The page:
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Future Energy and Jobs Act Focus of “Strengthen Our Community” Forum By Rev. Alphonso Lyons

“It is our duty to fight for each other. It is our duty to WIN…” the audience shouted together at the end of Thursday evening’s “Strengthen Our Community” forum at the Carver Community Center. The call-and-response, led by Rev. Tony Pierce, was the last event on the last night of a 4-part community series. The series focused on bringing clean energy and the jobs that go with it to Peoria. The crowd, a mix of Black and white, young and old, financially secure and struggling, came together to learn what the Future Energy and Jobs Act might mean for our Peoria—provided that Peorians rise to the challenge and seize the opportunity. It was a fitting response to Peoria being “the worst city for Blacks to live in.”

Rev. Lynnda White (Unitarian Universalist Church in Peoria), set the stage for the event by leading the audience in an interactive reflection. The entire audience became the heartbeat of the community during her opening remarks and that collective action was felt throughout the evening.

Naomi Davis, founder of Blacks in Green which seeks to create self-sustaining and healthy Black communities using the new green economy, was the keynote speaker. She opened her address talking about her roots and how her heritage contributed to her wanting to conserve the environment. The audience sat at rapt attention as she talked about the intersection of race, the environment and opportunities for wealth building. She called for the whole community to come together to fix a “whole system” problem. And she lifted up the Future Energy and Jobs Act as part of that solution provided we don’t stop with the passage of the law; we must insist it is implemented in an equitable way.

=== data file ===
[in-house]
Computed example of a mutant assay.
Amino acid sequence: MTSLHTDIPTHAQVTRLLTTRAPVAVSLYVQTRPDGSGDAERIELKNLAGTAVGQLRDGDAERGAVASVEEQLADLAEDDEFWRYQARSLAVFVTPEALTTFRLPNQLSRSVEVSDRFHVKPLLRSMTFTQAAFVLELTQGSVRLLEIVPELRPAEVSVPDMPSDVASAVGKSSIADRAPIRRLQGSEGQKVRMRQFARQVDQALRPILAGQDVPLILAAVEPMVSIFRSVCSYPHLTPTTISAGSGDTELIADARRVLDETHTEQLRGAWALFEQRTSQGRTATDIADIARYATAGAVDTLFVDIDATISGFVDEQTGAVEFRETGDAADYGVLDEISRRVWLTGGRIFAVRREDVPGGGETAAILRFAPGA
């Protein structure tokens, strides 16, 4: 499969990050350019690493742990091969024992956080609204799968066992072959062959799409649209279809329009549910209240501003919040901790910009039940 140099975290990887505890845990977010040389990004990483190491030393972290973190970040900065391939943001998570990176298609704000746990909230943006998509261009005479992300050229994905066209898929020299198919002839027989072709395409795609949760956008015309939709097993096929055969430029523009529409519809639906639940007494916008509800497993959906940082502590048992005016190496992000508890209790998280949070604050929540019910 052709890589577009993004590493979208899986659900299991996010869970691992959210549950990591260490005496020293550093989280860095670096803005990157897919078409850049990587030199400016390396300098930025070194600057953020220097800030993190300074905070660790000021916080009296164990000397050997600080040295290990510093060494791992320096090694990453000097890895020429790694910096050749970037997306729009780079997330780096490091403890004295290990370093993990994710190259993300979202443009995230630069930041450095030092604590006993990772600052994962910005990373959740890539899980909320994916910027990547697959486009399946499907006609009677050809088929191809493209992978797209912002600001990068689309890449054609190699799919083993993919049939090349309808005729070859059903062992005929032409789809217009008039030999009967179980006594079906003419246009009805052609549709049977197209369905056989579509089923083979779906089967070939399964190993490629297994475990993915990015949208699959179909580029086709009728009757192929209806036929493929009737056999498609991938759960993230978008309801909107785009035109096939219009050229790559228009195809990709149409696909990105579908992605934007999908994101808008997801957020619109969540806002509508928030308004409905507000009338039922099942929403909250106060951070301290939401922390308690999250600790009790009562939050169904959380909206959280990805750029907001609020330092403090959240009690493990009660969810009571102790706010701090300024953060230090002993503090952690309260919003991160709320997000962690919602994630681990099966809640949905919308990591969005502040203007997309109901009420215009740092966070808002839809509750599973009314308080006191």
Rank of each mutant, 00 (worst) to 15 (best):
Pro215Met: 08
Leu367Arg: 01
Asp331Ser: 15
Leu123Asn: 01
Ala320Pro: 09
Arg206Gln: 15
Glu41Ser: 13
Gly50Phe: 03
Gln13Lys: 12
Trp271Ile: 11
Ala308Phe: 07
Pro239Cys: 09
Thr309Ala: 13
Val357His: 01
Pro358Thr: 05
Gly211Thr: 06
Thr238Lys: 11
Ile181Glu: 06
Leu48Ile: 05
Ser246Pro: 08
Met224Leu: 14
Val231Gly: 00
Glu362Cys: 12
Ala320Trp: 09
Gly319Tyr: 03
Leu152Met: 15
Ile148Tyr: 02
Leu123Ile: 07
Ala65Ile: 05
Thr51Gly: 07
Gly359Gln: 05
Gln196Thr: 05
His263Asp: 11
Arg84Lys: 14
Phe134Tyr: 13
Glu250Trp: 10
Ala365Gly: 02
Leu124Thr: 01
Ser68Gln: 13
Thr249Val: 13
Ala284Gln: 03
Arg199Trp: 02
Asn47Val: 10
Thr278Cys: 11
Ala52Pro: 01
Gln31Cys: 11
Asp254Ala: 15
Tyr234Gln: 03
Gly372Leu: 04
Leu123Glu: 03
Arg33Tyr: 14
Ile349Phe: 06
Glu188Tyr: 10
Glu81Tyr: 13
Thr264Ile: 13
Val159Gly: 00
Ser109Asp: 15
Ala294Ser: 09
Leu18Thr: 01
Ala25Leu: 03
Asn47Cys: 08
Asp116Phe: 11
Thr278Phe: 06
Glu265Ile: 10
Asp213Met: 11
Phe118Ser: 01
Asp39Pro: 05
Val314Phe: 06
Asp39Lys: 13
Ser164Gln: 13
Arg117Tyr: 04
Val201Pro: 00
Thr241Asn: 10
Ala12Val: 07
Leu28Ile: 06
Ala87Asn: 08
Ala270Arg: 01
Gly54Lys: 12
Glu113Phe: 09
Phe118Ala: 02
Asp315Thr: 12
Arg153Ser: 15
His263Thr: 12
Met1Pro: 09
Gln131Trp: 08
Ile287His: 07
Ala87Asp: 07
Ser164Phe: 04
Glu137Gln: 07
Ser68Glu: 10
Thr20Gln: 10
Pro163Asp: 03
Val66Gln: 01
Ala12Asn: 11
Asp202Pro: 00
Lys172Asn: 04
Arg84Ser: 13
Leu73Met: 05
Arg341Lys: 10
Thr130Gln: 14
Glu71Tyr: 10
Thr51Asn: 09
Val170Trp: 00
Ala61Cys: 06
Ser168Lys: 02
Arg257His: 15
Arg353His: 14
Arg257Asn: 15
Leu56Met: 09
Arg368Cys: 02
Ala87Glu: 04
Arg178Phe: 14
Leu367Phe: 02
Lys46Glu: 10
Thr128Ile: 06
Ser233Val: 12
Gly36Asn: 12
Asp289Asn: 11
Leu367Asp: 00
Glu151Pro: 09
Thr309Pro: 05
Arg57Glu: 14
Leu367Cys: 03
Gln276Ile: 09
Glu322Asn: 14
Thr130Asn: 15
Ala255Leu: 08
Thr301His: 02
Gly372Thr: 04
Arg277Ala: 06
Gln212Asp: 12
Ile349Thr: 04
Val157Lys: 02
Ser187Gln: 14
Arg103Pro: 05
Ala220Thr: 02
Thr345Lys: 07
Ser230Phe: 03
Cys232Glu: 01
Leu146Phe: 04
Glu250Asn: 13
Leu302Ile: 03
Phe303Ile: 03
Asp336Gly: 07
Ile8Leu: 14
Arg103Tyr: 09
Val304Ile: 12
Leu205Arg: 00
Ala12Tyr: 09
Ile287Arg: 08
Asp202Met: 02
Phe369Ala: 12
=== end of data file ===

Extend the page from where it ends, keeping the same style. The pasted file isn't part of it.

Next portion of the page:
Early in Davis’s presentation, she talked about why geese fly in formation; they work collectively for the good of the flock. She emphasized that we too must work collectively for the good of the community. Her presentation, at times humorous, at times poignant but always on point urging the audience to be as smart as geese.

Davis was followed by Rebecca Judd from the Illinois Sierra Club who encouraged audience members to get involved in upcoming community conversations about how we move forward in creating a clean energy revolution that includes jobs for people who have been historically left behind.

Tracy Fox, leader in Illinois People’s Action and the Central Illinois Health Community Alliance was the moderator for all four events. A tireless advocate for Peoria, Tracy has been organizing on the Future Energy and Jobs Act behind the scenes for several years to make sure it held opportunities for Peorians. On Thursday, as she has for each of the forums, she wove the fabric of the evening together connecting each speaker and the heart of their message to the next speaker, and calling on the audience to get involved.

A $1 million grant came to Peoria to train workers for jobs for solar installation jobs over the next four years. But this can’t be the landing-place. It must be the launching place. A small group of us have been meeting to strategize how to implement the Future Energy and Jobs Act in Peoria. It is clear to us that we need to expand our ranks. Even if you didn’t make it to a single one of the forums, you can join us.

If you want a say in how we move forward together, please join us. Call me at Mt. Zion (309) 674-4379 or email me at al3206@sbcglobal.net and we will make sure you are included. It is our duty to fight for each other. It is our duty to win.